SP: We had talked about making a view for ‘Weeping Granite,’ which is the first track we released from ‘Voir dire.’ It didn’t work out with our timeline for the album but we haven’t written off the idea of a new video. I’d want it to be obscure and have a sense of hopelessness. I have a love/hate relationship with bands performing in their music videos. If not done correctly, it’s boring as hell and you essentially just ruined a good music video.

9. Are you fans of the digital and social media age or does it hurt a true underground band with so much over saturation?

SP: I believe social media can be used in a very positive way, when getting your music out to the world. You can absolutely over saturate yourselves, but that’s all up to you. On the social media accounts that Ido run for Maestus and other bands, I try and keep the posts relevant and somewhat infrequent. You’ll be

10. Is there a running theme on Voir Dire?

SP: Lyrically there is definitely a consistent theme throughout the album. When preparing lyrics for this album, Sophos and I, spent a lot of time diving into our past and bringing certain emotions to the surface. Currently I am at a very positive place in life, but that wasn’t always the case. To bring up those past issues and address them through your music is a very cathartic process. It helped close a lot of harmful doors that were still open in my world. 

11. What are the members of Maestus currently listening too? 

SP: As I am writing this I am listening to the new Shape of Despair record and, as usual, it’s phenomenal. I’ve also been heavily into the latest YOB album. I work as an audio engineer in my off time from touring and therefore I listen to a lot of heavy music. Everyday. This leads me to seek out other genres of music when I’m home. I’ve been getting into a heap of electronic/ambient music. Especially the score to the British series Broadchurch, which was composed by Ólafur Arnalds. Simply amazing stuff.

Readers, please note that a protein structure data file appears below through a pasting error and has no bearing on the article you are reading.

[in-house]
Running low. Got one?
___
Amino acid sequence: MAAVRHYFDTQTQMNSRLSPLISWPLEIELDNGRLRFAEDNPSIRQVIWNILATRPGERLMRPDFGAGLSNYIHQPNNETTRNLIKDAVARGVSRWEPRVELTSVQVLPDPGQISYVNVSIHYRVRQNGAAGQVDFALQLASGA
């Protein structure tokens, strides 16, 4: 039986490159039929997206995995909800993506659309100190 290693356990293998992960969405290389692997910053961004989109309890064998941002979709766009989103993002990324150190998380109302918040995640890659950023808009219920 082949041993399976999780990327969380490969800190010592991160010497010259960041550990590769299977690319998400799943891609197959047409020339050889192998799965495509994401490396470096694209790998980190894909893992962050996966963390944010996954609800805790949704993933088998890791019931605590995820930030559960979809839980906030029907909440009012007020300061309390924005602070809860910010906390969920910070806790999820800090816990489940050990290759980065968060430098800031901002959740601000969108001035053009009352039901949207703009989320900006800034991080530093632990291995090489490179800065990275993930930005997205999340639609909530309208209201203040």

12. What words of advice would you have for new extreme bands making they way in to this very vast landscape of music??

SP: At this point in time I, myself, am still wrapping my head around a lot of it. My only advice to anyone, who cares about anything, is to never stop pursuing something that you’re passionate about. That’s probably the most cliché sentence I’ve ever written in my life, but it’s 100% true.

13. I've always found a very romantic element to Doom metal. There is a broken passion in anyone that creates it. Don't you agree there has to be that love loss in your soul to make music like this?

SP: Not necessarily, no. Was it easier for me to channel this music due to previous unfortunate circumstances? Absolutely. Did I need it to make something happen? Absolutely not.

14. Do the members of Maestus work in other musical projects as well. If so let our reader know.

SP: We all have separate projects, yes. I run a regional studio called The Wilderness in Eugene, Oregon ( Kenneth (bass/vocals) and myself also play in the Oregon black metal band Arkhum (

Our drummer, Cordell Cline, recently performed drums on the album Dehumanize by the Oregon band Dimensionless. Which can be heard here: 

15. Thank you for the time any closing thoughts here

SP: I have some very basic song blueprints for our sophomore effort. No timeline for actually writing or recording but I’m sure we’ll have it out in late 2016.  Other than that, I’d like to thank the people who have streamed, purchased, and/or downloaded our new album. We are extremely grateful for your support.